40. Carl said,

    That’s not what Dawkins did, and from what I can tell, that’s not what the opponents of evolution on this blog have done, either.

    If this is what you believe and sense about the “opponents of evolution on this blog,” then why are you wasting your time?

    I am no more a proponent of ID than I am of evolution, although from what I’ve read about ID, much of it makes more sense than what I was indoctrinated by in college science classes, and what I’ve read over the years dealing with evolution. BTW, I went out of my way to take courses in college that would convince me there was no God, and that evolution was a reality. My “skepticism” of this theory has come from years of listening to its followers back peddle on one issue after another, just as I see you do when mynym or the Shrink call you out. If I have become an unbeliever in evolution, it is due to this and the realization that there is a God and He created us. I resent your snide and condescending attitude. But, I’m not surprised by it, since I’ve been dealing with this kind of attitude probably longer than you’ve been evolving.

    Again, Carl, you claim expertise, but when we disagree with your intellectual ramblings, then, according to you, we are lacking in the knowledge to have a say in the conversation. You never address mynym and I think we both know why. You can’t answer him.

  41. I feel pretty certain you’d believe evolution even if you hadn’t given it careful study. Not only that, but I doubt you read the ID books in order to “objectively” evaluate the issues.

    Whereas I doubt that you know me well enough to have that opinion of me. But since you “feel pretty certain,” there’s no point in my saying anything beyond that, is there?

    And I think I know enough about the premise to have an opinion of it without committing intellectual barbarism on one hand, or getting lost in minutiae discussing the science behind a non-falsifiable theory on the other hand.

    You surely believe that you know enough, but do you know that you know enough? In other words, how warranted is your confidence in your beliefs? For example, how do you know that evolution is non-falsifiable? Do you know? Or do you merely believe that it is?

  42. I’d like to apologize for the tone I’ve taken in the last few days. There’s some personal and professional stress on my end of things, and I’ve been allowing that hostility to creep into my contributions here. I’m going to take a few days off from posting so I can get done what I need to get done; hopefully I’ll be more calm and mature when I return.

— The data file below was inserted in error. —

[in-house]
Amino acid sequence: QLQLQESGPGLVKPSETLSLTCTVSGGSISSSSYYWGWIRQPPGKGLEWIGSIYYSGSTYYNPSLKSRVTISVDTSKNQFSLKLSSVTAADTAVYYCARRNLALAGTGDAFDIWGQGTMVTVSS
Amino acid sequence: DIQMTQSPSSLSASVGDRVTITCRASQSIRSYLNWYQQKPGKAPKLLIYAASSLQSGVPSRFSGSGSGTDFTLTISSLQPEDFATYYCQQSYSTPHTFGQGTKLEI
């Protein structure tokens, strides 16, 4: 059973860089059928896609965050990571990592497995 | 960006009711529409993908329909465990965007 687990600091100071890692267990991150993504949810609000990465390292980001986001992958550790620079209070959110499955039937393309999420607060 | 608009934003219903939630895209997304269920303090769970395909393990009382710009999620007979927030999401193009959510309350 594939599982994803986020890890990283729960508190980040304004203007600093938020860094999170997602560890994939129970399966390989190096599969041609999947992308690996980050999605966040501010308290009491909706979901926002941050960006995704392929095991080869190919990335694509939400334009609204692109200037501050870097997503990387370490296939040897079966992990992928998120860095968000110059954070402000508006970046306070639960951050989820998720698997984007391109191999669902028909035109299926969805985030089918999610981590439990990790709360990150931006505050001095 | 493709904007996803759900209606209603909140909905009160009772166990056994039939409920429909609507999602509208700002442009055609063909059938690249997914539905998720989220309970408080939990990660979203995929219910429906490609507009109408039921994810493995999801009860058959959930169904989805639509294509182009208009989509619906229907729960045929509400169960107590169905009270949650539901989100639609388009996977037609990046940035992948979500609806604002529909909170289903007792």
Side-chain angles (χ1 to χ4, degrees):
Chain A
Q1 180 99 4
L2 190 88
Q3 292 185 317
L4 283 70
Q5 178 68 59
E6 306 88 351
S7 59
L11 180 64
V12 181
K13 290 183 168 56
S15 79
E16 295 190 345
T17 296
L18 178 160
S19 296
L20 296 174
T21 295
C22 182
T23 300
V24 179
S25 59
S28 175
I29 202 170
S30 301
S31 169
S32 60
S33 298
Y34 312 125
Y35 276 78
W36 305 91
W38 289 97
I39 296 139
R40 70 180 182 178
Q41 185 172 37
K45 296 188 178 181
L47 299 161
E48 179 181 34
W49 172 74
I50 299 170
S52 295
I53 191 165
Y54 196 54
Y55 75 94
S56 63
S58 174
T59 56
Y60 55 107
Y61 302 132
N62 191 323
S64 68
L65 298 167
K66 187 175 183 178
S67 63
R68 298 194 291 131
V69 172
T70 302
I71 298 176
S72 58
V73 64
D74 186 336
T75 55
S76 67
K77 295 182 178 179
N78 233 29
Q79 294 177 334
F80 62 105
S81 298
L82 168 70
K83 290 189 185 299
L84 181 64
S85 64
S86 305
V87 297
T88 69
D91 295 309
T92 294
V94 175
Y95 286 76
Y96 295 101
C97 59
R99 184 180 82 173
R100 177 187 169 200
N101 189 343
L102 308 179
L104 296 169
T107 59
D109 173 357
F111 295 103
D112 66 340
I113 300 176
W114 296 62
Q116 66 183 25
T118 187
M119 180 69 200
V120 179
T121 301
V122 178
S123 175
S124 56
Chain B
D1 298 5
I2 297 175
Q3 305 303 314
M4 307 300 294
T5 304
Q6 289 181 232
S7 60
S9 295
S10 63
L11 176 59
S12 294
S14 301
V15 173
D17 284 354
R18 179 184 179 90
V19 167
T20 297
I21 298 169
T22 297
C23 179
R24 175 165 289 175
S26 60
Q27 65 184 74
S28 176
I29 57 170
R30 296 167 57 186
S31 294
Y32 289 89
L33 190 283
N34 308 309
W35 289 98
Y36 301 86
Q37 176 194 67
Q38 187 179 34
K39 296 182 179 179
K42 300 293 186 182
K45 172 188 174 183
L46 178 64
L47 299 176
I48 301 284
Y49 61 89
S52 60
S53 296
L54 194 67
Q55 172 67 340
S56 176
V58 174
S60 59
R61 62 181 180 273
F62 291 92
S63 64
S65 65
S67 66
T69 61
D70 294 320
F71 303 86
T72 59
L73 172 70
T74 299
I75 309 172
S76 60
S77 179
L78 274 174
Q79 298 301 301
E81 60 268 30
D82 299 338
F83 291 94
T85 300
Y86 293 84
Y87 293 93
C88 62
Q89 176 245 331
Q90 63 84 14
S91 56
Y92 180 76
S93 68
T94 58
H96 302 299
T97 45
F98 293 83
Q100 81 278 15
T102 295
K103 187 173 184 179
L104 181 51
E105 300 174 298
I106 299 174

43. Apology accepted. I think we’ve all become a little carried away at various points along the way on this blog! It’s easy to do. I hope things get better for you soon.

  44. A casual scan across the internet and I think one will notice that majority pro-evolutionist/atheist sites or blogs are not run by scientists, just as neither are the anti-evolutionist/Christian sites.

    So, it’s obvious that there is a personal stake involved here, which is why tempers seem to flare up on these things. After all, the thought that one’s faith/worldview may be potentially based on fiction is a scary one.

    In the end it won’t matter who is right. Either we will all get on with our inevitable non-existence, or be confronted with a greater reality. I personally opt for the latter, so we may all have a laugh about it later.

  45. You surely believe that you know enough, but do you know that you know enough? In other words, how warranted is your confidence in your beliefs? For example, how do you know that evolution is non-falsifiable? Do you know? Or do you merely believe that it is?

    Is this question coming from the same guy who doesn’t believe in the existence of absolutes?

  46. I think we’ve all become a little carried away at various points along the way on this blog!

    This is Shrink normally: “I disagree but I could be wrong.”

    This is Shrink carried away: “I disagree and you’d believe what you believe no matter what!”

    Or Carl: “Well most scientists disagree with you.”

    Getting carried away: “Scientists disagree with you, so you’re ignorant.”

    Yeah, wow.